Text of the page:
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Growing shortfalls forecast for San Luis Obispo

San Luis Obispo may face difficult financial shortfalls in the next five years, city administrators predict, which will likely result in cuts to services and jobs.

An annual shortfall of $3 million in the city’s roughly $54 million annual general fund is expected in the 2011-13 two-year budget, according to a five-year fiscal forecast going before the City Council tonight. The annual shortfall is expected to grow to $5 million by 2013-15.

That deficit will more than double to $11 million by 2015-16 if the current half-cent sales tax known as Measure Y, which passed in 2006, is not renewed by city voters in 2014.

“The unfortunate continued downturn in the economy is requiring the city to re-examine all city services and the cost to provide those services,” City Manager Katie Lichtig said.

City staff said they expect that the worst of the economic downturn has passed but that any increase in revenue is likely to be slow. In local governments, the general fund budget accounts for most unrestricted spending decisions made by its elected governing body. It doesn’t include money that is restricted for specific programs by state or federal laws.

The city’s current general fund is $54.4 million.

The source of the growing deficit is manifold. It includes a continued two-year decline of sales tax and declines in transient occupancy tax and development review fees. Additional future costs include higher retirement contribution rates for city employees.

Sales taxes generate about $11.5 million in annual revenue for the city and are used to pay for a variety of expenses, such as employees’ wages and road maintenance.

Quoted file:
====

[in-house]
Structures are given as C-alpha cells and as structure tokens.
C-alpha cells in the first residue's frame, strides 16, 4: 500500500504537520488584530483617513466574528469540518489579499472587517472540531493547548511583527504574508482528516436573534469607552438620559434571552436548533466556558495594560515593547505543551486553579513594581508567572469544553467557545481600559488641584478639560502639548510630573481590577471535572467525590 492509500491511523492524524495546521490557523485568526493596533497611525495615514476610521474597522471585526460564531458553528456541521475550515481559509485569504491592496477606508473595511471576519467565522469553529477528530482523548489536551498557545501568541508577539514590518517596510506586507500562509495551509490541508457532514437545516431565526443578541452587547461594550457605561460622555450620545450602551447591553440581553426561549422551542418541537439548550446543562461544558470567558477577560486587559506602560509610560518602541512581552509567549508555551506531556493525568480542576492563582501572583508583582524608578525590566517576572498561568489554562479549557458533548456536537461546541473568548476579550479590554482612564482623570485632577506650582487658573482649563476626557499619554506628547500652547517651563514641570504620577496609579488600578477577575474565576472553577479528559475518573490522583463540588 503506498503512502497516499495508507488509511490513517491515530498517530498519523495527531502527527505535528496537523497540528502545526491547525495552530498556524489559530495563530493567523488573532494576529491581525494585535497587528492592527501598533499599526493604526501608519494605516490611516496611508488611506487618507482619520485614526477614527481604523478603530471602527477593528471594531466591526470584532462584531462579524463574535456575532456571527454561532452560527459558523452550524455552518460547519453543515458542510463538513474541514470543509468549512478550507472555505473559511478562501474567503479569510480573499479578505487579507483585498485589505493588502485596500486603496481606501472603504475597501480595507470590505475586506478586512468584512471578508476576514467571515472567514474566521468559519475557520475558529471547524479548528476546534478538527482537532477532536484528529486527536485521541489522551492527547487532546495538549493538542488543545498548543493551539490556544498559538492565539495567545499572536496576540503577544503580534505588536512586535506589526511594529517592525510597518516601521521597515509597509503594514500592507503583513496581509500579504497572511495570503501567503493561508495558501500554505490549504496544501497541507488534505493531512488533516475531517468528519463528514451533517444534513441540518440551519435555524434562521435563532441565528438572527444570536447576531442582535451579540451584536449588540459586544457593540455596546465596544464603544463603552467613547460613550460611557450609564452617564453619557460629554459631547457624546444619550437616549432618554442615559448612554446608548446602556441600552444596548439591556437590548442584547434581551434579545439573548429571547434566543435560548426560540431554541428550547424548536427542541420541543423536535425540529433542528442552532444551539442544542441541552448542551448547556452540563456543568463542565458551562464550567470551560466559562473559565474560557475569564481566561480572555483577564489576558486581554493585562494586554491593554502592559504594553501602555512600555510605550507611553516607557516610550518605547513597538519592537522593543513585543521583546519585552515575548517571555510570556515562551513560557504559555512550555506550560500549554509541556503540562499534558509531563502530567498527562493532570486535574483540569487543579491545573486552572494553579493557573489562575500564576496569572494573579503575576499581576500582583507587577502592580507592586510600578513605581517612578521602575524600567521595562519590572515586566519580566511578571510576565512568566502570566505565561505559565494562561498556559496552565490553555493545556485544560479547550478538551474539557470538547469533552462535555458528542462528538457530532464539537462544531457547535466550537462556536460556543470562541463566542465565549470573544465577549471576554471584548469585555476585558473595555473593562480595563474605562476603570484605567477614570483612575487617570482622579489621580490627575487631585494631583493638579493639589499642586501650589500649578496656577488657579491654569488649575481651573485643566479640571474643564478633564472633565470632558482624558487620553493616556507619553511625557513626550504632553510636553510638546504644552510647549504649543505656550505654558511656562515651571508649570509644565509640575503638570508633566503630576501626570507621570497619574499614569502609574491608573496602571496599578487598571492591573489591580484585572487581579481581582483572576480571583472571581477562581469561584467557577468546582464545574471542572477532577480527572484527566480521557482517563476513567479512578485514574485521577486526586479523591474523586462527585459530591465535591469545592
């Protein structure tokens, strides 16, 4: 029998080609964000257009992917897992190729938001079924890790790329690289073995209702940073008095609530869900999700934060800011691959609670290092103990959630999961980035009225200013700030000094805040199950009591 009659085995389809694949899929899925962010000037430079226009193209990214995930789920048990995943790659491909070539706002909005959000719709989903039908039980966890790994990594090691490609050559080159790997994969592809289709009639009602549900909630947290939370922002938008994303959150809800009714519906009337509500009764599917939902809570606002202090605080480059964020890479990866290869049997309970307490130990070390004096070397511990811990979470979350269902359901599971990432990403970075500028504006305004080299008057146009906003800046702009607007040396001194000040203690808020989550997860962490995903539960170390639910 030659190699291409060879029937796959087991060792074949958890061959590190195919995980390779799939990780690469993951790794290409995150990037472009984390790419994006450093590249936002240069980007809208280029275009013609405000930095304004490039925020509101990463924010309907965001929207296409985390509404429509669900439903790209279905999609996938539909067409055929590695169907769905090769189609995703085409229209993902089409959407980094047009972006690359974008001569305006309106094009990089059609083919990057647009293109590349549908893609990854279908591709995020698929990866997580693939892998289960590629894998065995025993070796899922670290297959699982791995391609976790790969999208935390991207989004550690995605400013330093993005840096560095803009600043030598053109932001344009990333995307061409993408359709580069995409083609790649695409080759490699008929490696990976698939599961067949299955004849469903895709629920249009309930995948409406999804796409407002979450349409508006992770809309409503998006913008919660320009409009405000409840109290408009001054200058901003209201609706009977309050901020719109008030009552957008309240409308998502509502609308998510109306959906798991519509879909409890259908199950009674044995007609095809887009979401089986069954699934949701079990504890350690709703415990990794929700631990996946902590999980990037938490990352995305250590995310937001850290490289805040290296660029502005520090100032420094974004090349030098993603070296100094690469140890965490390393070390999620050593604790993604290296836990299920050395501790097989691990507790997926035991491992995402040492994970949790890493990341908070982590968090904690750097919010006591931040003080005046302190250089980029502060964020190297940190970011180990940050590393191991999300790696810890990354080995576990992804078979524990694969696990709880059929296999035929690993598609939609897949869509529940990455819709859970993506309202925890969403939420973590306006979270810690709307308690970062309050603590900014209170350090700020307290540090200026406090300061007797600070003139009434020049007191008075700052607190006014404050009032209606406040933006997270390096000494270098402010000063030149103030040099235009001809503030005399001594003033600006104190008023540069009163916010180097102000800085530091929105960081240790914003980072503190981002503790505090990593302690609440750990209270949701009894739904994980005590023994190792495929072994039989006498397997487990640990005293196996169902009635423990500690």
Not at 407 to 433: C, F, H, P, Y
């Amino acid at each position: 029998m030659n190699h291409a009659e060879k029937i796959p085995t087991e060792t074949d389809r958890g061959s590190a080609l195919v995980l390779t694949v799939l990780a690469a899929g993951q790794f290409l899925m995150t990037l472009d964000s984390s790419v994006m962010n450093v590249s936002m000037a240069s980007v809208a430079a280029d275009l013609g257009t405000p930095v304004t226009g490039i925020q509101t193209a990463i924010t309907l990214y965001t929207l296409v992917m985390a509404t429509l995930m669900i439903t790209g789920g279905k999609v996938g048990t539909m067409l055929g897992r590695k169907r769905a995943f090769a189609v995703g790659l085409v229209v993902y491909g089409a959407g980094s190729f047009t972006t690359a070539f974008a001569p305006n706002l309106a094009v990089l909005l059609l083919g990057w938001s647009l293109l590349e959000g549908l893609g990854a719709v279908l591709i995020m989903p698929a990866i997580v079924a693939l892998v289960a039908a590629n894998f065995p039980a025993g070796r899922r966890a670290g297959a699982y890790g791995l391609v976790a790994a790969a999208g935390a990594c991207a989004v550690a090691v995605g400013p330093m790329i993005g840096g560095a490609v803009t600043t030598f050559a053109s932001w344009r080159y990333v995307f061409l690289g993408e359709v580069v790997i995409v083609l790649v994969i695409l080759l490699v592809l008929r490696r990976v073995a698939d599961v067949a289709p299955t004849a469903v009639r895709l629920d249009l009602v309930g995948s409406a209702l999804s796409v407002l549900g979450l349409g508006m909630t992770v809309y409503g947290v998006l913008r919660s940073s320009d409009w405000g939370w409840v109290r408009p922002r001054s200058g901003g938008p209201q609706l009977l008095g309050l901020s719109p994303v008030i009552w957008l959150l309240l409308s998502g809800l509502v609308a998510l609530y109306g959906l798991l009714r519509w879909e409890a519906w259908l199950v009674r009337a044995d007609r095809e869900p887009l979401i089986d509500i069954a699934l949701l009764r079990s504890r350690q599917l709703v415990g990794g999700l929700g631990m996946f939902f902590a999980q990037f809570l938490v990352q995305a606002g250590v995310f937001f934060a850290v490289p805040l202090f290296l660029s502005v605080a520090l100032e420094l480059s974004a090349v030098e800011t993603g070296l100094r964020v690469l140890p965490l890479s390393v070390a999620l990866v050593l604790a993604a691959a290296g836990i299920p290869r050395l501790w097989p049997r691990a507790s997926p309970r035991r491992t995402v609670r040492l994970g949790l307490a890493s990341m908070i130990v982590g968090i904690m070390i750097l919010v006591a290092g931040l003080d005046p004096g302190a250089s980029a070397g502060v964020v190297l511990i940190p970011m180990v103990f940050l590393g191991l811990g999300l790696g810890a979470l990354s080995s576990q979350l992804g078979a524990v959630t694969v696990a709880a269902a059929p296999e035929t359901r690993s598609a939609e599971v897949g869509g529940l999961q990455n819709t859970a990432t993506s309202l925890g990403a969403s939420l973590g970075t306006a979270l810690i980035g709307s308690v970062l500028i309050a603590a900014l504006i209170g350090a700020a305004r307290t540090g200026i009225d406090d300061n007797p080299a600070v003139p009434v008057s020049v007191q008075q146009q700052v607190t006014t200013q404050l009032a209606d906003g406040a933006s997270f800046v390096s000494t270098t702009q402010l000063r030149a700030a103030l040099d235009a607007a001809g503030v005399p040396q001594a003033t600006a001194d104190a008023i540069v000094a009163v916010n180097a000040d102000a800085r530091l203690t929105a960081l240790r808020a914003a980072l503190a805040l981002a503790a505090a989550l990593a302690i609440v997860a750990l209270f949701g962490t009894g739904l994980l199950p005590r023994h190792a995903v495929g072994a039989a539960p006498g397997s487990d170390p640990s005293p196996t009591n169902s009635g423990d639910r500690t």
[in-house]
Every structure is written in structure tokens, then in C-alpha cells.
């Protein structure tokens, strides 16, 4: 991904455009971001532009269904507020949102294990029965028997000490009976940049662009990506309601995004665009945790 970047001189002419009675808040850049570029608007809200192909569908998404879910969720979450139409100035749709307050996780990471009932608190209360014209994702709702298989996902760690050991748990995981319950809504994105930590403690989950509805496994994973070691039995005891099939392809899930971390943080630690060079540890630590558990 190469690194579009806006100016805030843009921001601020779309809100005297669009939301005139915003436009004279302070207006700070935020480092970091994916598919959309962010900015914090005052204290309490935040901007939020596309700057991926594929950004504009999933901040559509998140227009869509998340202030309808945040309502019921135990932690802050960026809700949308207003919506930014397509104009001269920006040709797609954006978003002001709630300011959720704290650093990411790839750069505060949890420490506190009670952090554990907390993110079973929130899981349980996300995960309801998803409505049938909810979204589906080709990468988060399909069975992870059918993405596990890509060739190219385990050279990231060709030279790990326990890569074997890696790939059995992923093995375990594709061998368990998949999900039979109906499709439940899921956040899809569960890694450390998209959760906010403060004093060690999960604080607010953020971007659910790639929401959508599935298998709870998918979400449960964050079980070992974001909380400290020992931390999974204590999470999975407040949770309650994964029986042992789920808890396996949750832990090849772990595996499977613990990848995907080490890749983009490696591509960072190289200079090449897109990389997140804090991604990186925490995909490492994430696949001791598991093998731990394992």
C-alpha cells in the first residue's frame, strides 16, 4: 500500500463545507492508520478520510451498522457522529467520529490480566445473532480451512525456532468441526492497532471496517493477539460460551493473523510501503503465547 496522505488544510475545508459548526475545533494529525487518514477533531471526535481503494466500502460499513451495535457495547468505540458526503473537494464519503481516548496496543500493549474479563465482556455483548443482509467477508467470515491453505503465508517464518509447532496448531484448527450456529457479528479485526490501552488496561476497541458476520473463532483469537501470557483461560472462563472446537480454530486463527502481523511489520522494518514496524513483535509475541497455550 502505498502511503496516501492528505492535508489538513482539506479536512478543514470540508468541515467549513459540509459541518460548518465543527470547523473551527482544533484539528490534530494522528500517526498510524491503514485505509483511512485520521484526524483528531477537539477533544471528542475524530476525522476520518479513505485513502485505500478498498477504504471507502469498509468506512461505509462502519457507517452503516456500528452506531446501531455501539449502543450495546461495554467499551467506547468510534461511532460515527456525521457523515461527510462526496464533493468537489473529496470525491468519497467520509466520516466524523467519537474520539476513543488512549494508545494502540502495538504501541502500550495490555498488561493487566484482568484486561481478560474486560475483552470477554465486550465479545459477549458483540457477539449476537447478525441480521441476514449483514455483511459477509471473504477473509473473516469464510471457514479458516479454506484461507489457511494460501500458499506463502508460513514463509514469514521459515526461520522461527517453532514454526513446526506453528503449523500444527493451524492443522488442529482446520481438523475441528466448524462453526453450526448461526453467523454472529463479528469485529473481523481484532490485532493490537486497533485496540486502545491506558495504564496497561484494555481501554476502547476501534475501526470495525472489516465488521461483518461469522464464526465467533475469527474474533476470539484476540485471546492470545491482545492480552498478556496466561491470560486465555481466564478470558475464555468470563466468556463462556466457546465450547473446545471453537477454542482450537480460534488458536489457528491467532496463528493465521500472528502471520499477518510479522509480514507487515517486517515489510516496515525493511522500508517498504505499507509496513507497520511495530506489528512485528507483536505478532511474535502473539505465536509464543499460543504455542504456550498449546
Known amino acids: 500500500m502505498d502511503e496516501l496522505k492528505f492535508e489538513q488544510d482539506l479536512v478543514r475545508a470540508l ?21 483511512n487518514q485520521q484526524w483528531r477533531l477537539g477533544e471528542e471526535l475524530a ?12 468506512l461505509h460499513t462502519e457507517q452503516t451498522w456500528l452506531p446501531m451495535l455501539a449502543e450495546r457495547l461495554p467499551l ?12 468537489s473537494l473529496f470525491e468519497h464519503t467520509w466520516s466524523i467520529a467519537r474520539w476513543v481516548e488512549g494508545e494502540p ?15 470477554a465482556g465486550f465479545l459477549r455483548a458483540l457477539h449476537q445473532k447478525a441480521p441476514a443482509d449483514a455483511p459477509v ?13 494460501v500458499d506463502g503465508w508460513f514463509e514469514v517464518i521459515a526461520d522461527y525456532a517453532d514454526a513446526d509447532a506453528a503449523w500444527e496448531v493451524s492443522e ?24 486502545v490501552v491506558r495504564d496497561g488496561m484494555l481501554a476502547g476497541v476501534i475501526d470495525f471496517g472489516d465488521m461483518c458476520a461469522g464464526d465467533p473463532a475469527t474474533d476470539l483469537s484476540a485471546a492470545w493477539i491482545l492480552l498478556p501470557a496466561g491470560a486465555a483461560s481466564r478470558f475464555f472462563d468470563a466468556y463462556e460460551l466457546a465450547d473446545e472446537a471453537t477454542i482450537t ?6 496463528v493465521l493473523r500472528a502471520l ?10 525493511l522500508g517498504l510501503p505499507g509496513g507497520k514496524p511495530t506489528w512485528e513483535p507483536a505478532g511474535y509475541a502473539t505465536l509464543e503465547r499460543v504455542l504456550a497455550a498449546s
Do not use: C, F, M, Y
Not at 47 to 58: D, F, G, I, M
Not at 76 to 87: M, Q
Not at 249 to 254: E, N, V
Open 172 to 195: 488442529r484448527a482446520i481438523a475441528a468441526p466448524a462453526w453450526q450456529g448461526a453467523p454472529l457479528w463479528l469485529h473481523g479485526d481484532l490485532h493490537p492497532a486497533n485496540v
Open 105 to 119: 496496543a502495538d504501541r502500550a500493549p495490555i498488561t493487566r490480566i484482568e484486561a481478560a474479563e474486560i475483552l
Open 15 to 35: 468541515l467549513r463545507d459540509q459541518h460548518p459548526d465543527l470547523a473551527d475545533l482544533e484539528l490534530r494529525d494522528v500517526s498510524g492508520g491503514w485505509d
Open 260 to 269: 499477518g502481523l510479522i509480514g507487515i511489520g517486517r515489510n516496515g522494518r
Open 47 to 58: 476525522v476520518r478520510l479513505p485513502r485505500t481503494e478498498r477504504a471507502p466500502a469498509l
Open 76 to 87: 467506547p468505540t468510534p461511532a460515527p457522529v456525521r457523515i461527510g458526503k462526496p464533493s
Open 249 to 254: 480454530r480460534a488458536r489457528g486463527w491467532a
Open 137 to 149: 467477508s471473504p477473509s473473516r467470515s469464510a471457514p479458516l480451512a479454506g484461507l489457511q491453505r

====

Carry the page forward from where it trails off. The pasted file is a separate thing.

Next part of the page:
The transient occupancy tax — a tax charged for stays in hotels — is down 10 percent, meaning a decrease of more than $450,000 annually compared with the prior fiscal year.

In the future, significant increases in the city’s CalPERS retirement obligations beginning in 2012 also contribute to the expected shortfall.

City officials estimate that increased contribution rates will result in an additional annual cost of about $2.5 million by 2015.

The half-cent sales tax known as Measure Y generates about $5.3 million in additional general fund money. That measure sunsets in April 2015, unless renewed by voters in November 2014.

That loss, Lichtig said, could potentially exacerbate the budget shortfall.

In June, the council will be asked to cut $1.5 million from the budget. Doing so is expected to allow the city to end the current fiscal year with a mandated 20 percent reserve.

Specific cuts have not yet been identified but will likely include a reduction in capital improvement projects.

Lichtig said she intends to form an ad hoc advisory committee composed of employees, council members and the public to assist in deciding what cuts may have to be made.

The city’s total budget for 2010-11 is proposed at $99.6 million.

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